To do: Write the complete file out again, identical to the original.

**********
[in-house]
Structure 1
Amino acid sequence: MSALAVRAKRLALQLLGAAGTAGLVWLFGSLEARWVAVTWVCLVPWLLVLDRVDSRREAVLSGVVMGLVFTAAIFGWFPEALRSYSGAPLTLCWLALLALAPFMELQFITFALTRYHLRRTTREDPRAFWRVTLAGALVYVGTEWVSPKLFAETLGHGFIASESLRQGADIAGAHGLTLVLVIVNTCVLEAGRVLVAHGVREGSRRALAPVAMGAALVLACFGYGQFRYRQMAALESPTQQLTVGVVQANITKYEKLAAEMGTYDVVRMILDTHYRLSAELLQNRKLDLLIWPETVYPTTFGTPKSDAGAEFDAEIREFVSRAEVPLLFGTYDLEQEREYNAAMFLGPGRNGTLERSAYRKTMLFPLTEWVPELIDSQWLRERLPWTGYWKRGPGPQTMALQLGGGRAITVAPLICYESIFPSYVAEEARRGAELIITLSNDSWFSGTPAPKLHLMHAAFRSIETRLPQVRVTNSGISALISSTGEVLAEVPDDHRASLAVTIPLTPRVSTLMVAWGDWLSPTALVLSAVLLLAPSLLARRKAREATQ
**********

[in-house]
Structure 1
Amino acid sequence: MSALAVRAKRLALQLLGAAGTAGLVWLFGSLEARWVAVTWVCLVPWLLVLDRVDSRREAVLSGVVMGLVFTAAIFGWFPEALRSYSGAPLTLCWLALLALAPFMELQFITFALTRYHLRRTTREDPRAFWRVTLAGALVYVGTEWVSPKLFAETLGHGFIASESLRQGADIAGAHGLTLVLVIVNTCVLEAGRVLVAHGVREGSRRALAPVAMGAALVLACFGYGQFRYRQMAALESPTQQLTVGVVQANITKYEKLAAEMGTYDVVRMILDTHYRLSAELLQNRKLDLLIWPETVYPTTFGTPKSDAGAEFDAEIREFVSRAEVPLLFGTYDLEQEREYNAAMFLGPGRNGTLERSAYRKTMLFPLTEWVPELIDSQWLRERLPWTGYWKRGPGPQTMALQLGGGRAITVAPLICYESIFPSYVAEEARRGAELIITLSNDSWFSGTPAPKLHLMHAAFRSIETRLPQVRVTNSGISALISSTGEVLAEVPDDHRASLAVTIPLTPRVSTLMVAWGDWLSPTALVLSAVLLLAPSLLARRKAREATQ